Preemptive Rights; Redemption
Holders of the common stock of the Company are not be entitled to preemptive rights and the Company’s common stock is not subject to any mandatory redemption or other similar provisions. The common stock cannot be redeemed.
Mutual Holding Company Structure
First Federal MHC owns a majority of the outstanding common stock of the Company and, through its board of directors, is able to exercise voting control over virtually all matters put to a vote of stockholders. For example, First Federal MHC may exercise its voting control to prevent a sale or merger transaction or to defeat a stockholder nominee for election to the board of directors of the Company. It will not be possible for another entity to acquire Kentucky First Federal Bancorp without the consent of First Federal MHC. First Federal MHC as long as it remains in the mutual form of organization, will control a majority of the voting stock of Kentucky First Federal Bancorp.
Conversion of First Federal MHC to Stock Form Federal Reserve Board regulations permit First Federal MHC to convert from the mutual form of organization to the capital stock form of organization. In a conversion transaction, a new holding company would be formed as successor to First Federal MHC, its corporate existence would end, and certain depositors would receive the right to subscribe for additional shares of the new holding company. In a conversion transaction, each share of common stock held by stockholders of the Company other than First Federal MHC would be automatically converted into a number of shares of common stock of the new holding company based on an exchange ratio determined at the time of conversion that ensures that stockholders other than First Federal MHC own the same percentage of common stock in the new holding company as they owned in the Company immediately before conversion. Under Federal Reserve Board regulations, stockholders other than First Federal MHC would not be diluted because of any dividends waived by First Federal MHC (and waived dividends would not be considered in determining an appropriate exchange ratio, provided that the mutual holding company involved was formed, engaged in a minority offering and waived dividends prior to December 1, 2009), in the event First Federal MHC converts to stock form. First Federal MHC was formed, engaged in a minority stock offering and waived dividends prior to December 1, 2009. The total number of shares held by stockholders other than First Federal MHC after a conversion transaction also would be increased by any purchases by stockholders other than First Federal MHC in the stock offering conducted as part of the conversion transaction.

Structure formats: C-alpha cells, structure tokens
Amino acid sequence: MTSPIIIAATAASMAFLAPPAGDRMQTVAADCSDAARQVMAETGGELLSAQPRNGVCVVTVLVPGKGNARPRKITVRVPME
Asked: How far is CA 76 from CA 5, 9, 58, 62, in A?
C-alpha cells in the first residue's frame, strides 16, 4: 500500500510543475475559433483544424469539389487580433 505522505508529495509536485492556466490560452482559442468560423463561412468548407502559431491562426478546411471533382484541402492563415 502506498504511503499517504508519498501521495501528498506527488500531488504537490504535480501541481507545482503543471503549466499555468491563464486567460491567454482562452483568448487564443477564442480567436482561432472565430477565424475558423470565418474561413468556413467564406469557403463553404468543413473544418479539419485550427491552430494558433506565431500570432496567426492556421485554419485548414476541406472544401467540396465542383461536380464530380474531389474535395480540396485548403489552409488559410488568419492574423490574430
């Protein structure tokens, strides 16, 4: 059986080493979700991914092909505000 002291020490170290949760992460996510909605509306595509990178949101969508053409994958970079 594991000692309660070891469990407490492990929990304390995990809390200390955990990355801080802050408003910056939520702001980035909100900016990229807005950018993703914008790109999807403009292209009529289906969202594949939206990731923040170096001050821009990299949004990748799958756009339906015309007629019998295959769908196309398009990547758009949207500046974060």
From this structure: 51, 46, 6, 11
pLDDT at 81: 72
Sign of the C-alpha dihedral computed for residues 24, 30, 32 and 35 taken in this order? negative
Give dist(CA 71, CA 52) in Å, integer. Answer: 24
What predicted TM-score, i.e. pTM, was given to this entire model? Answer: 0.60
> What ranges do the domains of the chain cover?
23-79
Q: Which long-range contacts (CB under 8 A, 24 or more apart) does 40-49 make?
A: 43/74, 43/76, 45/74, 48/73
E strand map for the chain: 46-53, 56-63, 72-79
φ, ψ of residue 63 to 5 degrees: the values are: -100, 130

Acquisition of Control
Under the federal Change in Bank Control Act, a notice must be submitted to the Federal Reserve Board if any person (including a company), or group acting in concert, seeks to acquire “control” of a savings and loan holding company or savings association. An acquisition of “control” can occur upon the acquisition of 10% or more of the voting stock of a savings and loan holding company or savings institution or as otherwise defined by the Federal Reserve Board. Under the Change in Bank Control Act, the Federal Reserve Board has 60 days from the filing of a complete notice to act, taking into consideration certain factors, including the financial and managerial resources of the acquirer and the anti-trust effects of the acquisition. Any company that so acquires control would then be subject to regulation as a savings and loan holding company.